Bits of T. Rex tissue survived for millions of years


#1

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#2

make it happen:


#3

But what does it taste like?


#4

Pet T-Rex for when? It is a privilege that shouldn’t be lived only through Pokemon.
Although, feeding one has to cost an arm and a leg. I hope not literally.
Maybe little cuddly mini-T-rexes?


#5

Collagen? Not so good in my opinion, even when it’s a lot fresher.

You know, if they had only left out the T. rex, velociraptors, and dilophosaurus, Jurassic Park would have been less a parable about the dangers of playing God, and more a pleasant stroll through a tropical park full of amazing creatures, maybe watch out for eye contact and bugs.


#6

The Daily Mail will be reporting this as T-Rex had cellulite.


#7

I wonder whether there is a better term to use for the headline than “survived.” My first thought was that meant living cells rather than tissue that is still extant and non-fossilized.


#8

surely, as soft tissue clearly couldn’t last millions of years, this merely proves the Young Earthers are correct?


#9

Not to mention the diplodocus they found with a fish sticker on its ass.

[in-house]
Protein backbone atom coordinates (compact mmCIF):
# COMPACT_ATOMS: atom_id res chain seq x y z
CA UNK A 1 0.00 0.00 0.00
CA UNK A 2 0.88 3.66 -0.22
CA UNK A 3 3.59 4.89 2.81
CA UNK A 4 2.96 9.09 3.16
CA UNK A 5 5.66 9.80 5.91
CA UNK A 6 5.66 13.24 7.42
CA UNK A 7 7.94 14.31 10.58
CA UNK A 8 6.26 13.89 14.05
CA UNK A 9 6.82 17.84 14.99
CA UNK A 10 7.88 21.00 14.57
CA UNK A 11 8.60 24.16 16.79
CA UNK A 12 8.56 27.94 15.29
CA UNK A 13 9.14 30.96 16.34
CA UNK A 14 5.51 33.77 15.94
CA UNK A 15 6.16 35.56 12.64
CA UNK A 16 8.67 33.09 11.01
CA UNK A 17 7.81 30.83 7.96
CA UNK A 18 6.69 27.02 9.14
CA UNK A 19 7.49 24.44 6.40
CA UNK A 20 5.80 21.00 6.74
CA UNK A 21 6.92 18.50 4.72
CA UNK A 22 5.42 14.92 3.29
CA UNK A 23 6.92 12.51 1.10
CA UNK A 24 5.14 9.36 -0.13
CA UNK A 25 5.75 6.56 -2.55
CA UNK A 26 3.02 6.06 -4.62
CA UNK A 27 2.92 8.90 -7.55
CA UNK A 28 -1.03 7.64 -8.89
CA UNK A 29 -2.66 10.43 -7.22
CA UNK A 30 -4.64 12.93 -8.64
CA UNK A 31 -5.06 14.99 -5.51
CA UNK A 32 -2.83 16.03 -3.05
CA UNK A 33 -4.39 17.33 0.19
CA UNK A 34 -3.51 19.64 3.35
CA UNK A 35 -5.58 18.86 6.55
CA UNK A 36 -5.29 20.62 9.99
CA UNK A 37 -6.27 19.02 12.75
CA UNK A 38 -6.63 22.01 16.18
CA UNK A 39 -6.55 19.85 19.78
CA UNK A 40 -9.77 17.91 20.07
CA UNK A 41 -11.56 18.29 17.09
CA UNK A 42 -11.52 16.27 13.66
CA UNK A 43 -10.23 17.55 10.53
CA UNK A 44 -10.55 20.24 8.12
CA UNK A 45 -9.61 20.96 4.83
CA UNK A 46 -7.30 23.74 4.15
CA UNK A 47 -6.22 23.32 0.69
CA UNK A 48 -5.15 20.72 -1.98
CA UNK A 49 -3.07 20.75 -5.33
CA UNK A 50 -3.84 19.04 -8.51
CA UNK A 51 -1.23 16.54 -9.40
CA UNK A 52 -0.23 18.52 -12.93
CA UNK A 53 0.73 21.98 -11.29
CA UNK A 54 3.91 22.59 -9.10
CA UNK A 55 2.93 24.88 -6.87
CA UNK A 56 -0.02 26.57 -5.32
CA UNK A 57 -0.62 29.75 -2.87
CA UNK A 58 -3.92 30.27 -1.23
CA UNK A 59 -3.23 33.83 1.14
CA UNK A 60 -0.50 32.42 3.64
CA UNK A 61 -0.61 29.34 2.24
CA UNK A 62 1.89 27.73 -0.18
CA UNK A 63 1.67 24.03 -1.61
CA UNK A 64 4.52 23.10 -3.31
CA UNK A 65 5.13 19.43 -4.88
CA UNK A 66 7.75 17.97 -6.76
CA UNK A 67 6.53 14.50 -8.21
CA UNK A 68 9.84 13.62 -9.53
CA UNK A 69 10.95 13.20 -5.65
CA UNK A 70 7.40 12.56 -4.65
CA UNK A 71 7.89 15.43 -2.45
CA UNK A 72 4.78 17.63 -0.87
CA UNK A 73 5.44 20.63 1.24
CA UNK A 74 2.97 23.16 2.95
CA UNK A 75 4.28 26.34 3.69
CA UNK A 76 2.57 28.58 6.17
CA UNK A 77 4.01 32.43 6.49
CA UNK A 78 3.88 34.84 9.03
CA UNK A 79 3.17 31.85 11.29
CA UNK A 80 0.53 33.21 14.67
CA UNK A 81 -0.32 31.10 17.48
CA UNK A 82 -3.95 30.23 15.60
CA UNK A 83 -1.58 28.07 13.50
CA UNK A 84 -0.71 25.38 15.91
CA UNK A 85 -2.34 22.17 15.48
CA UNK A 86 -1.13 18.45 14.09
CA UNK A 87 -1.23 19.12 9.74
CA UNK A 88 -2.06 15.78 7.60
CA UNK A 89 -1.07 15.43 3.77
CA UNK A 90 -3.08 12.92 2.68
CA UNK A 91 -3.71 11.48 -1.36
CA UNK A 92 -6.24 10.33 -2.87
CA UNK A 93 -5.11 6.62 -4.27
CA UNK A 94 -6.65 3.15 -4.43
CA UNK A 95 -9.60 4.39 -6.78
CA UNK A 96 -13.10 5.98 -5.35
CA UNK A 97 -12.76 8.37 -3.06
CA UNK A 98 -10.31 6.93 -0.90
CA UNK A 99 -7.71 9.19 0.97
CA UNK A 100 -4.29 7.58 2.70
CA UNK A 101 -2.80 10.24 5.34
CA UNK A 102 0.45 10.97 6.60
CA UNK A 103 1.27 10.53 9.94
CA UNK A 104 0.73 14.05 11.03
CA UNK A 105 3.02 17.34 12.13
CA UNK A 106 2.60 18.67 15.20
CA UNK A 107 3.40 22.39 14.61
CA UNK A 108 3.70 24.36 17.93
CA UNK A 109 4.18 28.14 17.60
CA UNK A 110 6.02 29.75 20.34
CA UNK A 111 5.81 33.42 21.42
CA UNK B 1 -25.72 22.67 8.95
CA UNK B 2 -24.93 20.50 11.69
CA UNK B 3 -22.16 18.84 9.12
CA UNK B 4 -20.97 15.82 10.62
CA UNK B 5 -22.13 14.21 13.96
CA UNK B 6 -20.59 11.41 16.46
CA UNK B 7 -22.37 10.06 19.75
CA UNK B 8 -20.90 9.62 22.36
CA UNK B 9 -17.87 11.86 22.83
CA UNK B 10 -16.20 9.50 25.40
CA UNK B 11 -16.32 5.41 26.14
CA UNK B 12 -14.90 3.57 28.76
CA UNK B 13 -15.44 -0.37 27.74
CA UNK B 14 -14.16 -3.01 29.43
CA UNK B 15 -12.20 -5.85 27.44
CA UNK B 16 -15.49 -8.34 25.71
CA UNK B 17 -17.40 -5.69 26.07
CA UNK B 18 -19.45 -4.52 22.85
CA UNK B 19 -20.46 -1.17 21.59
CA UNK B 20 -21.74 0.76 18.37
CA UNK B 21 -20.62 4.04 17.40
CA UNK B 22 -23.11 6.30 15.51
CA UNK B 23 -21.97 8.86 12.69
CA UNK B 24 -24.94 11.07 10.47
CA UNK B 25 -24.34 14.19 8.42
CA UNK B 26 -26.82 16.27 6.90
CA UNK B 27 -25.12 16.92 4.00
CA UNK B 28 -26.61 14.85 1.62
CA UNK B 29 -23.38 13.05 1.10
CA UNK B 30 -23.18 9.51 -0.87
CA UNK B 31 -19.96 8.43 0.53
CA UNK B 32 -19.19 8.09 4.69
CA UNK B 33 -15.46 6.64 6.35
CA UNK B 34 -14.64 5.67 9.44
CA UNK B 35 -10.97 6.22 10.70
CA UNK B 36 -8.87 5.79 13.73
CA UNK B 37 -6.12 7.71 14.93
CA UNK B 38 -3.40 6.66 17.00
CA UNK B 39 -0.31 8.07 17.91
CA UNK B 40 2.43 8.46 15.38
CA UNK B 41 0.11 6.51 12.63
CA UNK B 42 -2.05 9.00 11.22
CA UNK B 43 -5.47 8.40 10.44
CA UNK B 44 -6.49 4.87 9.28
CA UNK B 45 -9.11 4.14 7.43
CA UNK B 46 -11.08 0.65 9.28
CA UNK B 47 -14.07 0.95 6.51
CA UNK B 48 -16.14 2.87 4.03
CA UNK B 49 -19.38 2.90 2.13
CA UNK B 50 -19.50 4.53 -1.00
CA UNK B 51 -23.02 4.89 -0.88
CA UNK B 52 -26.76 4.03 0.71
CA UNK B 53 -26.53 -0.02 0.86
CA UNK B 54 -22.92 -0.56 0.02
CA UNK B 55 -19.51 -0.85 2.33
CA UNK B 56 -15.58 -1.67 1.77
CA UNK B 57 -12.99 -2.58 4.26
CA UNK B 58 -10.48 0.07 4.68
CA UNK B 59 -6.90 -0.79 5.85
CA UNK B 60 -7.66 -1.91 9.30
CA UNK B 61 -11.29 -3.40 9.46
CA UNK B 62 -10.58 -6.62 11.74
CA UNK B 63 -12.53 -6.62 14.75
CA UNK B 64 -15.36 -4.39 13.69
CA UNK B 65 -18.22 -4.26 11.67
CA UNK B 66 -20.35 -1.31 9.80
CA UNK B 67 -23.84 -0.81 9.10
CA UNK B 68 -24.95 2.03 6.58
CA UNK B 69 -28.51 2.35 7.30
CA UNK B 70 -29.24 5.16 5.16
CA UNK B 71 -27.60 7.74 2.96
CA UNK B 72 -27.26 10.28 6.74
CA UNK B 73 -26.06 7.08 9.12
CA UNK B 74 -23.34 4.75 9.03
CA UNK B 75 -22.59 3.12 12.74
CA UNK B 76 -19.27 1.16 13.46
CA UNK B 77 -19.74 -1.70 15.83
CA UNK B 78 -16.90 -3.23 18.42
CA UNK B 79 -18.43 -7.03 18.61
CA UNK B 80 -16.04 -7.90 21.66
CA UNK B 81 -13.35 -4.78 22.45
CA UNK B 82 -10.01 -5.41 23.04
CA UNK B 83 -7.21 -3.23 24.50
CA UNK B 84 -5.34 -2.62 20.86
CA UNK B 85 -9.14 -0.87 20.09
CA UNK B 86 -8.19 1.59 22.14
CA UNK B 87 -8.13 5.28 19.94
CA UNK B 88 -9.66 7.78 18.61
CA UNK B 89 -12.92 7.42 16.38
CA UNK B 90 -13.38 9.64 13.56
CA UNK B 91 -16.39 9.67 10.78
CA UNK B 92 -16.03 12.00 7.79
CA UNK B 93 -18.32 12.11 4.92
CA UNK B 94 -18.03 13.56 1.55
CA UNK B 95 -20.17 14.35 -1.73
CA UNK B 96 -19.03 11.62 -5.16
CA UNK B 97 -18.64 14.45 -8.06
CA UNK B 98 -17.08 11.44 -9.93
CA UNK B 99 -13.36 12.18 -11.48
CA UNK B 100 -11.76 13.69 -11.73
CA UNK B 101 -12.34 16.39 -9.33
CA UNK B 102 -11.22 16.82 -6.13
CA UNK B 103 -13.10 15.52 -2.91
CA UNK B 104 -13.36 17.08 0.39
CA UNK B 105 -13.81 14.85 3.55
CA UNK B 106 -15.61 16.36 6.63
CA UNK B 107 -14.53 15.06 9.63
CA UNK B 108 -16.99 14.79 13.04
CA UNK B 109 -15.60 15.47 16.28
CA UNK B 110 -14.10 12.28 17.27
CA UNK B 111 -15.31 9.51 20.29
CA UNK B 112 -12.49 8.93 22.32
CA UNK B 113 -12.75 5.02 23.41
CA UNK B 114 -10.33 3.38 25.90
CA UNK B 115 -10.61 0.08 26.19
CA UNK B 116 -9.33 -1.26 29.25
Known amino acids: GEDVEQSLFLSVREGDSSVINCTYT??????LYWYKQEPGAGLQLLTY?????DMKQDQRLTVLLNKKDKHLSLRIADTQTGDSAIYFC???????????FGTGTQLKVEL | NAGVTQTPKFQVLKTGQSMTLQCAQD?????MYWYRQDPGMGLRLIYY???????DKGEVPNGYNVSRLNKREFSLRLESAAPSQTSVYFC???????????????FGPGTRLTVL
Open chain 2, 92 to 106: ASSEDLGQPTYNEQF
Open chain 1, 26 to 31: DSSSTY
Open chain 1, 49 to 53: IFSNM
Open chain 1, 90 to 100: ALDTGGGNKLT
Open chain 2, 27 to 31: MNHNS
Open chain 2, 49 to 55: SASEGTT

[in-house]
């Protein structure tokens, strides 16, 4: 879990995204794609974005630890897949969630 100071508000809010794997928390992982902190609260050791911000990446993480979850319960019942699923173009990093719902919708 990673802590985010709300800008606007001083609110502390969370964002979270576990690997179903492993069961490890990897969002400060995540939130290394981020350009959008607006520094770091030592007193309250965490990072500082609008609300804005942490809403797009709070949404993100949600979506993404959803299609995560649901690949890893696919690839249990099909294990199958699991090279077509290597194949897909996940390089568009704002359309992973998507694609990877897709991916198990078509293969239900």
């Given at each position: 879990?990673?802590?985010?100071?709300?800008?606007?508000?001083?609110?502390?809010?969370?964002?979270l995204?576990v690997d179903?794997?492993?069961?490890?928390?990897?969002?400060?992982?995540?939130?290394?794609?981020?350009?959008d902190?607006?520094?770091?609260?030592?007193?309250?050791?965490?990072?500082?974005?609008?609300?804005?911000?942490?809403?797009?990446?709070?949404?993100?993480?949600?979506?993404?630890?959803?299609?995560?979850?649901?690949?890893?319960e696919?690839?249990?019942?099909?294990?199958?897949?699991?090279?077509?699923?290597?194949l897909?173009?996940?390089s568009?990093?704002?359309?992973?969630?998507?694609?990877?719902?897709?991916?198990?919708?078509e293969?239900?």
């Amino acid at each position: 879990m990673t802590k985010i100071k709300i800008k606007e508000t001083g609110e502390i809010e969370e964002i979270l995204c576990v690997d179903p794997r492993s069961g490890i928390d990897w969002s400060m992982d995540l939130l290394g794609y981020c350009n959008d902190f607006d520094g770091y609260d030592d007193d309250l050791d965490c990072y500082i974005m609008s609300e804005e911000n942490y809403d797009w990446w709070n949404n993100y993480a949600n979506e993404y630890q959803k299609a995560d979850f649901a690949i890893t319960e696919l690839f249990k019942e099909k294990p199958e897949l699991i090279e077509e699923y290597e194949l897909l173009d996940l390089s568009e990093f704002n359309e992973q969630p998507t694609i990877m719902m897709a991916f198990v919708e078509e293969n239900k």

#10

Headline: Dinosaurs could become unnecessary burden on welfare system, should be deported say experts

Top comment: Good job “scientists”, what about our CURRENT TIME animals in our CURRENT TIME zoos? Lazy, job stealing past-timers THE LOT OF EM.


#11

Just like chicken.


#12

When I shared this article on FB, the preview pic was for the 2013 gift guide. I hope that’s enough of a hint for my friends.


#13

Just think of the potential health and beauty products. After all, T. Rex isn’t on the endangered list, right?


#14

I’ve given up with thumbnails being accurate. One that looks interesting, but non-specific’s as good as you’ll get.


#15

Eh - I am still skeptical on this whole “soft tissue” hubajoo. I have a friend who has done research into it and he believes the “soft tissue” is bacterial bio film. The iron nanoparticles the article refers to are called frambroids and are found else where where there is no blood, such as an ammonite shell. They are found in other places beside fossils and aren’t necessarily caused by blood in anyway.

Biofilm isn’t as romantic as dino tissue, but I think it’s a more likely origin.

He had a really good poster outlining his findings, but I can’t seem to find it, but here is a copy of a published paper.


#16

There’s some good back and forth on this going on, in all places, at Talking Points Memo:

Spoiling All the Fun

versus

Do I Get My Dinosaur or Not?


#17
Bits of T. Rex tissue survived for millions of years.

Cool… but how did they blow their noses with it, with such tiny arms?

Oh. Oh. Sorry.


#18

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